In what the magazine says is a historical first, major bookstore chains are refusing to sell a particular issue of Free Inquiry magazine — not because it is violent, pornographic or advocates illegal conduct, but simply because they do not like its editorial content. (The magazine dared to reprint the Danish Muhammad cartoons — only the subject of one of the biggest news stories to come along in the past couple of years.)
Roger L. Simon, Charles Johnson, and Ed Driscoll have more on this step backwards.
I completely agree with Glenn Reynolds’ characterization:

Advancing toward fascism, one cowardly institution at a time.

The Buffalo News has more on the story, including a report that Barnes & Noble “expressed some concerns” and that Free Inquiry isn’t available there either:

This week, a Canada-based distributor of Free Inquiry informed editors that Borders would not sell the latest issue in its stores.
Beth Bingham, a company spokeswoman, confirmed that Wednesday.
“We feel strongly for the safety and security of our employees and customers,” Bingham said.
She said the company operates more than 475 Borders and 650 Waldenbooks stores in the United States, though not all regularly carry the magazine.
The Borders stores usually stock as many as 1,000 copies of Free Inquiry, and the chain typically is the magazine’s largest newsstand retailer, said Tom Flynn, editor.
Barnes & Noble, the magazine’s second-largest retailer, also expressed some concerns about the April-May issue, printed March 16, Flynn said. A distributor told Flynn more than a week ago that the chain was reviewing the magazine, but the issue so far has not been refused, he said.
The magazine hadn’t become available as of Wednesday at the Barnes & Noble stores on Transit Road and Niagara Falls Boulevard stores in Amherst, which usually carry Free Inquiry. Company officials could not be reached to comment.
Flynn said he was disappointed by what he described as “exaggerated concerns” that were not in the best interests of readers.

Such “exaggerated concerns” are, however, in the best interest of those who believe in blowing things up in order to be listened to.

He noted that publication of the cartoons in the Philadelphia Inquirer and the Austin American-Statesman had not provoked any violent response in the United States.
“This is the first time any retailer has declined to carry one of our issues because of content,” he said.
Bingham said she did not know whether Borders stores in Philadelphia and Austin had refused to sell those newspapers on the day the cartoons ran.

That same question occurred to me earlier, but I’m quite sure they sold the Inquirer on that day. (It was a Saturday surprise, and I doubt Borders — or Barnes & Noble as the case may be — saw it coming.)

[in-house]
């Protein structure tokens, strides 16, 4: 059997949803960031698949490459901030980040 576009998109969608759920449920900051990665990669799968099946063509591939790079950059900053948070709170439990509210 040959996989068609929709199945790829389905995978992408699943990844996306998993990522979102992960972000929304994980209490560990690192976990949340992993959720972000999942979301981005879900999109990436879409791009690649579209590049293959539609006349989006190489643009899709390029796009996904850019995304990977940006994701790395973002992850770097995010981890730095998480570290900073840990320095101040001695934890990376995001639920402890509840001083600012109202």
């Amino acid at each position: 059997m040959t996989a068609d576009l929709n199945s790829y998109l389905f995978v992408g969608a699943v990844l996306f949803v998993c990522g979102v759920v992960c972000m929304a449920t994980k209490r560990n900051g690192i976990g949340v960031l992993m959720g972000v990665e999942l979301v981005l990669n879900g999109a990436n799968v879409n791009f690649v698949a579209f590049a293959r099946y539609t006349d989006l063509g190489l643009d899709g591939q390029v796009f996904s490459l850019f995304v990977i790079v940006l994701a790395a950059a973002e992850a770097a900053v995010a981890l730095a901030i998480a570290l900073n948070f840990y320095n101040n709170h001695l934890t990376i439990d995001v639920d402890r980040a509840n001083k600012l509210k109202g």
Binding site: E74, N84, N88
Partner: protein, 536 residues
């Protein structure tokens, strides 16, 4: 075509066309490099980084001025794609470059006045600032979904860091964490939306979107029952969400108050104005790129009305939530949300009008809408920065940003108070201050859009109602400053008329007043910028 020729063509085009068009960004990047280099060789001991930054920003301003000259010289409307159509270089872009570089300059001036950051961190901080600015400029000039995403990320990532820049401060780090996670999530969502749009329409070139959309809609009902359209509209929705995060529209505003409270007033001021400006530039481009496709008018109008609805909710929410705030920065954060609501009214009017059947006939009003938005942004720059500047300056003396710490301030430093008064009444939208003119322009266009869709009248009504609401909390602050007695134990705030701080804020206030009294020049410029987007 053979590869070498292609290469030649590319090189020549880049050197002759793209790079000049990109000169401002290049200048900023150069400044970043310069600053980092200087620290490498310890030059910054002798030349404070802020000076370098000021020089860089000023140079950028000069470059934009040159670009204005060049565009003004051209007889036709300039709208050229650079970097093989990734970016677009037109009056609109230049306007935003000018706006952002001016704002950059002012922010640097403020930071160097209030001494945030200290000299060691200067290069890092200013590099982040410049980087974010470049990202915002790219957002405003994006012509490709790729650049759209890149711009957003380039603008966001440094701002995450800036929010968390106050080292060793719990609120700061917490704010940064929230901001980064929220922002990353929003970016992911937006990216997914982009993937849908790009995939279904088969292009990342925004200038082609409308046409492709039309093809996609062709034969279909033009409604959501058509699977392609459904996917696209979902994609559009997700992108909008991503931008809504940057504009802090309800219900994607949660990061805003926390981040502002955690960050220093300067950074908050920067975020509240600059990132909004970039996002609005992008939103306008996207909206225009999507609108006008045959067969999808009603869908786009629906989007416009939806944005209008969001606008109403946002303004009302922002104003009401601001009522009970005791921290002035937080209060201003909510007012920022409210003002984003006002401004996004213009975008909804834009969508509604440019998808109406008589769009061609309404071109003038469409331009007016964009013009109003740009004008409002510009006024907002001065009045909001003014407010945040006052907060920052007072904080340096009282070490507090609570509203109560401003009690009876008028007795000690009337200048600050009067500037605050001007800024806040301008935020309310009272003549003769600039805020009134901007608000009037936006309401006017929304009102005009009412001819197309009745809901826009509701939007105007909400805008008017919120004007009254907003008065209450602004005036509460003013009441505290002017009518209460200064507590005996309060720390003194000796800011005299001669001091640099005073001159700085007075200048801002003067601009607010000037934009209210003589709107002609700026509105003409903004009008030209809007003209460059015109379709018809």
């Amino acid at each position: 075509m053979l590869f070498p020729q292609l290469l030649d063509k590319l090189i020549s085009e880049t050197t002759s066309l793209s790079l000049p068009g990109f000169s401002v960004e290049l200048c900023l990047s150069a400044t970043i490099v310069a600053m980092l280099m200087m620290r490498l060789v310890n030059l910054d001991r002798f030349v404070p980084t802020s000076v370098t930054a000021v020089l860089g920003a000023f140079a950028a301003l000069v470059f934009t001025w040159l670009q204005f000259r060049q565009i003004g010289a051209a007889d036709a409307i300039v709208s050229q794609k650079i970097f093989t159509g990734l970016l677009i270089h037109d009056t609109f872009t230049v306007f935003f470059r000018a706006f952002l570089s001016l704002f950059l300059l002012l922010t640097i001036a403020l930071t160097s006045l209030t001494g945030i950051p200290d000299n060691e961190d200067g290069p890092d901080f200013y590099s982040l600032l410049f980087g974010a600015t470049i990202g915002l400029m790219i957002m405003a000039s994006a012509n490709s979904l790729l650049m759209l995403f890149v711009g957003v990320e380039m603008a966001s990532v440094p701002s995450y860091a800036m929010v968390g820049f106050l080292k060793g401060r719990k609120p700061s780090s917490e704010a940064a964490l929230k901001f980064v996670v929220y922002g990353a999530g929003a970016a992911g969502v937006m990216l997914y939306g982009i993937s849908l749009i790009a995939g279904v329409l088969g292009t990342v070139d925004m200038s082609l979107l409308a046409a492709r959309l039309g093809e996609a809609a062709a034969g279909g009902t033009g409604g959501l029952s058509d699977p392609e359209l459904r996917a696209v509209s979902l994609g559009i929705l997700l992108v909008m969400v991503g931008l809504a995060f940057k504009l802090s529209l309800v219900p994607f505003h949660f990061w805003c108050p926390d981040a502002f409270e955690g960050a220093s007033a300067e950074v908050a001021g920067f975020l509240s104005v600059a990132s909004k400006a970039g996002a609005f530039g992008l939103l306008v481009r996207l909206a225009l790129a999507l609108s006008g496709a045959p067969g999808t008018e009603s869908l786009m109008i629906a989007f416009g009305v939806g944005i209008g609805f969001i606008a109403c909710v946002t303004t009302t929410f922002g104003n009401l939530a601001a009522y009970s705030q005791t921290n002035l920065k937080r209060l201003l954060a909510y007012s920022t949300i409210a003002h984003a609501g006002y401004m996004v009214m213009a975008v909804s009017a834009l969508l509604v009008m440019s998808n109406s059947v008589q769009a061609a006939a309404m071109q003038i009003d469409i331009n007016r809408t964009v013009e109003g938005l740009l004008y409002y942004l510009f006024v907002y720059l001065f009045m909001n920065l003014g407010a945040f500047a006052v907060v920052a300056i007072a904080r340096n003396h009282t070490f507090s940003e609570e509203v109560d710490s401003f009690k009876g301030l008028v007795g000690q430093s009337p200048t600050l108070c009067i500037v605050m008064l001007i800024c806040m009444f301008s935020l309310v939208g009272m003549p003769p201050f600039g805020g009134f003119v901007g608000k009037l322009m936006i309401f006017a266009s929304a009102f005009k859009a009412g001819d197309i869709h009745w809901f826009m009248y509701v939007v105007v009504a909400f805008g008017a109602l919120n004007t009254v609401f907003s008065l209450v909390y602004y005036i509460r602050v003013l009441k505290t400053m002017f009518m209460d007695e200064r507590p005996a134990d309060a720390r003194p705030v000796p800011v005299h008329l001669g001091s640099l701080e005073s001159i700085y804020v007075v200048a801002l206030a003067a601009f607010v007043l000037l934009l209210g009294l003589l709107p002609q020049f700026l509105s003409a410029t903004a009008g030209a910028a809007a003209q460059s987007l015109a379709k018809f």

I think everyone in the blogosphere who cares about these things should go order a copy here.
UPDATE (03/31/06): Samizata’s Dale Amon urges that we BOYCOTT BORDERS:

I recommend anyone who decides to quit Borders not simply stop going. You should make one last appearance and tell them why you will not be back. If you prefer a carrot approach, tell them what they could do to win the return of you and others like you.

(Via InstaPundit, who also links to another hell of a good letter to Borders.)
(My local Barnes & Noble is across the street from my local Borders, which makes it effortless to boycott the latter.)
UPDATE: I just sent the following letter to Borders’ Public Relations Manager Beth Bingham (who is quoted above):

Ms. Beth Bingham
Public Relations Manager
Borders Group, Inc.
Dear Ms. Bingham:
As a longtime Borders customer, I am appalled by your company’s decision to ban the sale of Free Inquiry because of the magazine’s content. As you know, your stores carried the magazine routinely, but have specifically refused the latest issue because it includes the Danish Muhammad cartoons — perfectly legal material the subject of which goes to the very heart of free speech and our democratic traditions.
As a reason for banning the magazine, you stated that “we feel strongly for the safety and security of our employees and customers.” That statement makes it perfectly clear that you are allowing threats (or perceived threats) of violence to dictate content. Under the logic which you have proffered, any group — whether a racist group, an anti-gay group, or a radical environmental or animal rights group — ought to now feel encouraged to issue violent threats in order to have literature it does not like pulled from the shelves. How does such a result in any way promote “safety”?
If there was a genuine threat of violence, why didn’t Borders simply contact the police or FBI before complying with the demands? I think Borders’ conduct does a disservice to its customers as well as the cause of free speech.
If a leading bookstore cannot appreciate the value of free speech, perhaps it can appreciate the value of customer goodwill. You have lost mine.
Unless I am assured that Borders’ policy has been changed I will buy my books elsewhere.
Eric Scheie